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'The stand? It looks the part and it's a big statement' The Duke of Devonshire steps down as Majesty's Representative at Ascot thisHer year. He talks to Peter Thomas about some of the momentous changes he has overseen.

Byline: Peter Thomas

WITH a name like Peregrine Andrew Morny Cavendish, the Earl of Burlington was never a chap born to man the barricades or haul the tumbrel, even before he became the Marquess of Hartington, the 12th Duke of Devonshire and a KCVO, CBE. At Eton, social dissidents have always been a bit thin on the ground, while Exeter College, Oxford is known to favour a rigorous game of croquet over outright revolution as a means of resolving disputes, so it comes as some surprise to hear Her Majesty's Representative at Ascot holding court on the democratisation of the royal meeting.

True, the 11th duke had defected from Margaret Thatcher's Tories to the SDP, supported Derby County and once gave the V-sign to a crowd of booing Frenchies at Longchamp, following the defeat of his mare Park Top in the Prix de l'Arc de Triomphe, so there is some family history of rebellion, but none so shocking in its classlessness as that of 'Stoker', the man who let the hoi polloi into the inner sanctum of the aristocracy without so much as a 'now, look here'.

"That's pretty unattractive snobbery and unpleasant and I wouldn't bother too much about those comments because they don't really amount to anything," he retorts, mildly enough, when reminded of the 'Invasion of the chavs' headlines that accompanied the admittance of new money into the royal enclosure a few seasons ago. Quite apart from the equality and the democracy, there were the racecourse finances to think about, and the liberal lord is nothing if not fair and practical.

By then, the man who recently declared the aristocracy to be dead was used to momentous social upheaval, having overseen the bloodless overthrow of the Jockey Club in his days as its senior steward. He had felt the wind shifting, whether anybody liked it or not, and was happy to follow the prevailing public mood.

"I like the idea of change," says the man who this year will surrender his long-held roles at Ascot, "although sometimes it's a bit uncomfortable. I don't like doing things simply because they've always been done a certain way, although often one must pay respect to tradition, and I wouldn't, for example, want to tamper with the dress code in the royal enclosure - it's what people want to do, it's a bit mad, but it's been there for a long time and it looks fantastic and I love it. You don't want to change everything, but at Chatsworth, here at Ascot and in the Jockey Club, a bit of questioning why we do things is no bad thing."

At Chatsworth, the Cavendish's family seat since 1549, the embrace of change has been as necessary as it has been successful, turning the 1,000-acre Peak District millstone into England's 'best large visitor attraction'. At Ascot, the need for reform was no less acute, but His Grace didn't need to be dragged kicking and screaming into it. Now, pounds 210 million, one new grandstand and a top-hatful of discontent later, the building side of the project is complete, but the business is, in common with every class of racecourse, having to re-examine its financial plan almost by the week.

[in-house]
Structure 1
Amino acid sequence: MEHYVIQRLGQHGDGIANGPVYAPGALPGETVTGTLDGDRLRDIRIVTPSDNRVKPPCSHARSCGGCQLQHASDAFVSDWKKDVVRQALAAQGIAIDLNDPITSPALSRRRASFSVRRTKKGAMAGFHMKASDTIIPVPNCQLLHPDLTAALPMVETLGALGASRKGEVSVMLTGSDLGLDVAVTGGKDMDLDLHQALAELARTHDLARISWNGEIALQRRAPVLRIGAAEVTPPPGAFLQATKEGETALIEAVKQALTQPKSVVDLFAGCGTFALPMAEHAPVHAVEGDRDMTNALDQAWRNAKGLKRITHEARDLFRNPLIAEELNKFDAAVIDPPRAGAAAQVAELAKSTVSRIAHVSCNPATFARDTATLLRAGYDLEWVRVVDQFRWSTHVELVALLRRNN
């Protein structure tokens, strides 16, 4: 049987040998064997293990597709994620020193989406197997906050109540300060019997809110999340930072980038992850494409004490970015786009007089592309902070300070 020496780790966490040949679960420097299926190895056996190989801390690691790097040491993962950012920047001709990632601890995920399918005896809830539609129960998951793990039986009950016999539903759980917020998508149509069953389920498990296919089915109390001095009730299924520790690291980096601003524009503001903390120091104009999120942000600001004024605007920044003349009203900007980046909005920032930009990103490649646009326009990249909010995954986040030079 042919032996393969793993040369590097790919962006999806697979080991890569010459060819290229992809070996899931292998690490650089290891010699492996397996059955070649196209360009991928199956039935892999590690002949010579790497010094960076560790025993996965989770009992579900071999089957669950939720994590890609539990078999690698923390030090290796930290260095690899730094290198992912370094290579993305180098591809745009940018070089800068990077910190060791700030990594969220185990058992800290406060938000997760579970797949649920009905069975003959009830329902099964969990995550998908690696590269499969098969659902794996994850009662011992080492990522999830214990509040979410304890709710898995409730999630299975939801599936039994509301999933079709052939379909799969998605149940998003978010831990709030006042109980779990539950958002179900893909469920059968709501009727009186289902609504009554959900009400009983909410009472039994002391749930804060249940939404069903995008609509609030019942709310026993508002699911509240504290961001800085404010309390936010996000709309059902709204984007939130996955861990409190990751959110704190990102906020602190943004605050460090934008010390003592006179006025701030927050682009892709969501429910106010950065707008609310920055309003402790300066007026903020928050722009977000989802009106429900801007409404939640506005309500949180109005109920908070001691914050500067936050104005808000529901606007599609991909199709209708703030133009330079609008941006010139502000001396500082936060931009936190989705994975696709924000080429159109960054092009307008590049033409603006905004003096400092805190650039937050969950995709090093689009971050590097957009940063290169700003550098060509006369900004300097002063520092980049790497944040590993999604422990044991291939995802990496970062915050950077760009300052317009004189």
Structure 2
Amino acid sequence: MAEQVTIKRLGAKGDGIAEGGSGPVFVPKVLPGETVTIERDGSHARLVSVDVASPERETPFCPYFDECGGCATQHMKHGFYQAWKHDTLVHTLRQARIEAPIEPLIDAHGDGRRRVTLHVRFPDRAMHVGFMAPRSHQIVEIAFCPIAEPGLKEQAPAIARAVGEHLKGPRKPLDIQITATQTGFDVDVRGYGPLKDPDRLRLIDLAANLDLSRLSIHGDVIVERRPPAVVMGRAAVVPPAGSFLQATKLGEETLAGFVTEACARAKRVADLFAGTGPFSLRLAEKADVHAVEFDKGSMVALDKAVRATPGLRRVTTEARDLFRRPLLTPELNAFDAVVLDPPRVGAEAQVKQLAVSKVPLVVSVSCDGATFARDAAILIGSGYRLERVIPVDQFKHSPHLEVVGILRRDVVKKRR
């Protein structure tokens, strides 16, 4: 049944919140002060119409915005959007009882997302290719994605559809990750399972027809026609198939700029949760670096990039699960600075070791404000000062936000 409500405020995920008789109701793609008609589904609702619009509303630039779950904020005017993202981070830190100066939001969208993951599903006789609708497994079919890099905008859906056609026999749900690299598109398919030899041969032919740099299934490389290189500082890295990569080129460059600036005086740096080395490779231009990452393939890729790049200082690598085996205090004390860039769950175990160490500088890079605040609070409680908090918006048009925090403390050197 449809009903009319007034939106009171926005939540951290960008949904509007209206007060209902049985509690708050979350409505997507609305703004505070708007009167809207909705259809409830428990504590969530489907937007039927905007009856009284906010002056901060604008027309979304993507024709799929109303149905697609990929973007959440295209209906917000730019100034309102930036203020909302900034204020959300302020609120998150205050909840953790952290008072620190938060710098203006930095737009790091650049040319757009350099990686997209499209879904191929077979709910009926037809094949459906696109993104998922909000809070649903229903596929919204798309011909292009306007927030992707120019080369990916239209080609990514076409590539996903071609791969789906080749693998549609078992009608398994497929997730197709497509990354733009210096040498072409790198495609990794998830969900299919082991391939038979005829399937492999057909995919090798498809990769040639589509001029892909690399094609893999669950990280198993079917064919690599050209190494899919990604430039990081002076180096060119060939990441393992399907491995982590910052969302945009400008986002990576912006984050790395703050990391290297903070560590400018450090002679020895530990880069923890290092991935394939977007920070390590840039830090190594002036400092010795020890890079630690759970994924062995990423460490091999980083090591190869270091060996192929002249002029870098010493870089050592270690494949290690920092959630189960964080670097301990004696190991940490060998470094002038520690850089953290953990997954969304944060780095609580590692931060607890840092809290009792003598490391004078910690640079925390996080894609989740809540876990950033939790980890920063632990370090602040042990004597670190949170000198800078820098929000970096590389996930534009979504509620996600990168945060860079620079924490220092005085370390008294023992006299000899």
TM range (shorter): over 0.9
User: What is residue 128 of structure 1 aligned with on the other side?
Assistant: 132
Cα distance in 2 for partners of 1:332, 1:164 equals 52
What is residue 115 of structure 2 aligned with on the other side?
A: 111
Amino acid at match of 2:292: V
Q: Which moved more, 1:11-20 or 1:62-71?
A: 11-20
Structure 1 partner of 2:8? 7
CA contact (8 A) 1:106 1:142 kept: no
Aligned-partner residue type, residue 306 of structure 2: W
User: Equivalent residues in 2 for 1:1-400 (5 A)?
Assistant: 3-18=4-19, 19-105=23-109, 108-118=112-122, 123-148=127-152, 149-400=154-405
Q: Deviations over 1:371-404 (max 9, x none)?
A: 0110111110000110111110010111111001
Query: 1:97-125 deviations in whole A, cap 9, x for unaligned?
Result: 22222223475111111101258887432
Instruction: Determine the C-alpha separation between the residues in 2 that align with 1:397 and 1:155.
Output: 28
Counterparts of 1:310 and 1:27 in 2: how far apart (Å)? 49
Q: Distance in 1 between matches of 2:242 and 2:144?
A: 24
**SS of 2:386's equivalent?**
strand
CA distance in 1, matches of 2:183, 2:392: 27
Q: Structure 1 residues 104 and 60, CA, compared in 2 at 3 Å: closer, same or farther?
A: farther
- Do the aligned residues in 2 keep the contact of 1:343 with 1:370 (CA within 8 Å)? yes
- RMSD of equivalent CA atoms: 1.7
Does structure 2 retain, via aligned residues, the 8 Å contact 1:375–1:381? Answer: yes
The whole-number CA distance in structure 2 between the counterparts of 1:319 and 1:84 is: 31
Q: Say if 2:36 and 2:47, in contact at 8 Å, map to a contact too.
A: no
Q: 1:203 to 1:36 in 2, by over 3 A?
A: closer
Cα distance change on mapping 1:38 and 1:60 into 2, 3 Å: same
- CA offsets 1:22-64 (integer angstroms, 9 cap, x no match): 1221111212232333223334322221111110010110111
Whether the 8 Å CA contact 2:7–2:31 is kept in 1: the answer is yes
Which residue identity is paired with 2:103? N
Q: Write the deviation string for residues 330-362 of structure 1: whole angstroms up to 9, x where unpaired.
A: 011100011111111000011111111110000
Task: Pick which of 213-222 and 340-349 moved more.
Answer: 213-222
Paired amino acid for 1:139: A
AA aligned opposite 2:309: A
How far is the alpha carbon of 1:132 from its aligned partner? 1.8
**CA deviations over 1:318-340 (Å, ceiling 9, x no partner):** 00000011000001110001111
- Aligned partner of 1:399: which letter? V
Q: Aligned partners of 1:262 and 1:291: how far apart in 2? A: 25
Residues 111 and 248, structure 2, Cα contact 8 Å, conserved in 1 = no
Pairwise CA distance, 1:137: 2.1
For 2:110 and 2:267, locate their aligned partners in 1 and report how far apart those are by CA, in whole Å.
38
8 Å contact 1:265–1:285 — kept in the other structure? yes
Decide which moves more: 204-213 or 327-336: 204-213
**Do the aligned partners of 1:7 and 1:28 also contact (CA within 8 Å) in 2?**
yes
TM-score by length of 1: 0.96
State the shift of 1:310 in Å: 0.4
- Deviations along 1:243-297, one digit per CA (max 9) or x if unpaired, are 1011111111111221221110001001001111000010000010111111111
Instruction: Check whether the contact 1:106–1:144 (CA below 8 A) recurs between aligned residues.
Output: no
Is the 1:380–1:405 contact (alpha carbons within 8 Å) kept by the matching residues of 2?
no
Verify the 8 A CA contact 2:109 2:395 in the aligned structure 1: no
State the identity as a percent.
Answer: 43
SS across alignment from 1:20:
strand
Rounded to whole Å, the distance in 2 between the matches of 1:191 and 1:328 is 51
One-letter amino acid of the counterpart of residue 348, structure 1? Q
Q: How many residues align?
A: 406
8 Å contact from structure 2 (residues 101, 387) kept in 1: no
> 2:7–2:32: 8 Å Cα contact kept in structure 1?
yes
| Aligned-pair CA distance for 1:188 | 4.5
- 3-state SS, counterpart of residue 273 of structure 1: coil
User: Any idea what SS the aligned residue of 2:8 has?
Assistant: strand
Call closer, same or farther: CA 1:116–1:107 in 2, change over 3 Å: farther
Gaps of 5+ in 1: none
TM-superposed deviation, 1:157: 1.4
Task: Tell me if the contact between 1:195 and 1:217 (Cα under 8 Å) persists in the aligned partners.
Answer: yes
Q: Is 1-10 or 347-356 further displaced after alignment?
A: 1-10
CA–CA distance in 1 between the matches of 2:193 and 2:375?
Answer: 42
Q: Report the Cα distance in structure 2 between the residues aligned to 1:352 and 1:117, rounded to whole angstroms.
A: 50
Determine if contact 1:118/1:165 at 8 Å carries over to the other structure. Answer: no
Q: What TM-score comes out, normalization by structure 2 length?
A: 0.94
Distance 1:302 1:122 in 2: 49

Freshly returned from the Venice Biennale - one of Stoker's many cultural diversions and responsibilities, which include a love of contemporary art and chancellorship of the University of Derby - the duke, tall, imposing and frank, harks back to the tumultuous reception granted the stand's unveiling in 2006.

"The stand? It had its moments, definitely, but it was basically very exciting, as it still is. My time here has been a game of two halves, before and after the new stand, but when I go there now, I'm thrilled by what I see. It looks the part and it's a big statement and people are now responding in a really positive way.

"The trouble is, when people talk about the old stand, they've probably forgotten that tunnel, which was worse than disappointing, it was completely unacceptable, even then, and now it would obviously be out of the question.

"There is still more to be done and there will be for ten years, and in 15 to 20 years, they'll start thinking about the next one. Stadiums should only last for 40 or 50 years because people's requirements change so much."

By comparison, the matter of handing over the powers of the Jockey Club to a new, more accountable body, in 1993, after more than 250 years of uninterrupted service, was a straightforward affair, a simple acknowledgement that a modern sport had different needs and requirements to the one that existed in the 18th century. Of course, there was a financial element to this necessity, as well, and nobody was better qualified than Stoker to recognise that.

"The Jockey Club was actually pretty easy," he says. "There were one or two members who weren't sure it was the right time, but the Conservative government of the day said if you want more money for racing, you've got to democratise yourself, and as the Jockey Club existed for the benefit of racing, it was a bit of a no-brainer.